Carlos Gutierrez has been limited to 10 appearances at Triple-A due to shoulder problems and now the 2008 first-round pick may be out until next season following arthroscopic surgery. If healthy Gutierrez still projects as a potential ground ball-getting middle reliever, but with a 4.90 ERA in 257 innings between Double-A and Triple-A his on-field performance has never matched the Twins' frequent touting of his raw stuff and he'll be 26 years old in September.

Brett Jacobson, the minor-league reliever acquired from the Orioles along with Jim Hoey for J.J. Hardy, has been released. Jacobson was always a marginal prospect and completely fell apart at Double-A this season, walking 45 batters and allowing 41 runs in 42 innings. Hoey was lost on waivers to the Blue Jays back in December, so the Twins officially got zero value out of the Hardy trade that was all kinds of misguided even if they'd gotten a better return.

Jason Kubel had a three-homer game this week and is hitting .297/.368/.577 with 21 home runs and an NL-leading 71 RBIs for the Diamondbacks, but it's tough to blame the Twins for letting him walk. Ryan Doumit has matched his Twins production at a fraction of the cost and Kubel has hit .257/.320/.414 away from Arizona's hitter-friendly ballpark. And for all the talk about Target Field killing Kubel's power he hit .275/.335/.450 on the road in 2010-2011.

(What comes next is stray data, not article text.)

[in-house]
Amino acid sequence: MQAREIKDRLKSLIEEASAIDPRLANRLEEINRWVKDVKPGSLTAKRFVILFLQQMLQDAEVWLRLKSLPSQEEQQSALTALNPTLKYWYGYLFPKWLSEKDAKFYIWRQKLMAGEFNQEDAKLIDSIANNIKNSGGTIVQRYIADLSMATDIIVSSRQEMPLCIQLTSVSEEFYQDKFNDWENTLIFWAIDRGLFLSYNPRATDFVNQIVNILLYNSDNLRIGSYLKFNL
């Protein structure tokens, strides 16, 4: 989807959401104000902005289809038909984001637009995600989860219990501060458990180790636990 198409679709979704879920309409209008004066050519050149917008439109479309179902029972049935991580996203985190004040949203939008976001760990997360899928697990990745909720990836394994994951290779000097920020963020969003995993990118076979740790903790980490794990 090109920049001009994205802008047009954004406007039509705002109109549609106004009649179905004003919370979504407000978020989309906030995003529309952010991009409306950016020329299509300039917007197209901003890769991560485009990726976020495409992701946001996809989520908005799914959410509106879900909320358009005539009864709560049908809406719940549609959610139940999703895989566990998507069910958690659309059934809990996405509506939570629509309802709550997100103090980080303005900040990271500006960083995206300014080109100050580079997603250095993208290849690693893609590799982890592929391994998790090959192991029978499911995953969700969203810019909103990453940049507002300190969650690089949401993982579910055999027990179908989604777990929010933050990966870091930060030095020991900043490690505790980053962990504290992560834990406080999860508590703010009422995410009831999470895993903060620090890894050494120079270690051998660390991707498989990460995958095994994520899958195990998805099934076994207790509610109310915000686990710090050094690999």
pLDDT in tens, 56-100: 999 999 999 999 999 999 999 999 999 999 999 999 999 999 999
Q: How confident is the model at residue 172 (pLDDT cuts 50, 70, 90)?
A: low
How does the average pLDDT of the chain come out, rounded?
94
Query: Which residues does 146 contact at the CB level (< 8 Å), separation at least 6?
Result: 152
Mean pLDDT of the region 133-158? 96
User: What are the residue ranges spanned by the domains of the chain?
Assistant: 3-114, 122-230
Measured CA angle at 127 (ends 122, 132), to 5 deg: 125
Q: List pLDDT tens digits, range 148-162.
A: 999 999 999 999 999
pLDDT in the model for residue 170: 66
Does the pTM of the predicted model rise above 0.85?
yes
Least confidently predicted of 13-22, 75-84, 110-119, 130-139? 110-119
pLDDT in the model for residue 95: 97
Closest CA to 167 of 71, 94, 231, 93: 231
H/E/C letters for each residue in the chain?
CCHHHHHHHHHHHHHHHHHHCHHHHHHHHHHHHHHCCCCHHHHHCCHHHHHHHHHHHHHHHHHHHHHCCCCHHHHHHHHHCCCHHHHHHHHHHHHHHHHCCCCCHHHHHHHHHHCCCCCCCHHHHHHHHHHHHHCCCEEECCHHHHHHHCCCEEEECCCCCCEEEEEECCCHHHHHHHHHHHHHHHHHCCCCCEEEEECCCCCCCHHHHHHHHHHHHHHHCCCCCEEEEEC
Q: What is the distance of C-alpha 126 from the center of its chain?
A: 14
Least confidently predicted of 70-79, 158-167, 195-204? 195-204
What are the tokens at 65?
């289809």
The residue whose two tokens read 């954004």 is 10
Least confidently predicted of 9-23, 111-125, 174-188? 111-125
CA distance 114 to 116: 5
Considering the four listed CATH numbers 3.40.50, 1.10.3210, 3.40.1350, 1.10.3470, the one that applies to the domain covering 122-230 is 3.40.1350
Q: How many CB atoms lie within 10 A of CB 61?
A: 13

• I'm not saying this couldn't have been me, but it wasn't me:

My favorite part? Someone else had to do the sculpting of that Joe Mauer back-hair jersey.

• It's too bad that so much of Chris Parmelee's season has been spent collecting dust on the Twins' bench, because when given a chance to play regularly at Triple-A for the first time in his career he's been very impressive. Parmelee, who initially skipped Triple-A to begin this season in the majors, has hit .302/.446/.510 with four homers, eight doubles, and more walks (24) than strikeouts (18) in 28 games for Rochester.

• In their never-ending search for pitching depth the Twins have signed Eric Hurley, a former first-round pick who was released from Triple-A by the Angels. Hurley is still just 26 years old and ranked among Baseball America's top 100 prospects in both 2007 and 2008, but hasn't pitched in the majors since 2008 and has a 5.43 ERA in 60 career starts at Triple-A. He's purely depth for Rochester at this point.

Trevor Plouffe's thumb injury is a shame, because even after his power binge of 13 homers in 22 games came to an end in mid-June he's hit .283/.354/.460 with five homers, five doubles, and 11 walks in 26 games since. And overall since carrying a .133 batting average into May 15 he's hit .296/.344/.618 with 18 homers in 52 games.

• When asked by Ken Rosenthal of FOXSports.com if the Twins are shopping Josh Willingham an unnamed general manager replied: "He's out there if you want to pay, like, forever."

Michael Rand of the Minneapolis Star Tribune passes along the best Tom Kelly picture ever:

I'm waiting for Zubaz to make a comeback. Maybe we can get hipsters to wear them ironically?

This week's blog content is sponsored by Ballplayer: Pelotero, a controversial new documentary about baseball prospects in the Dominican Republic starring Miguel Sano as a 16-year-old.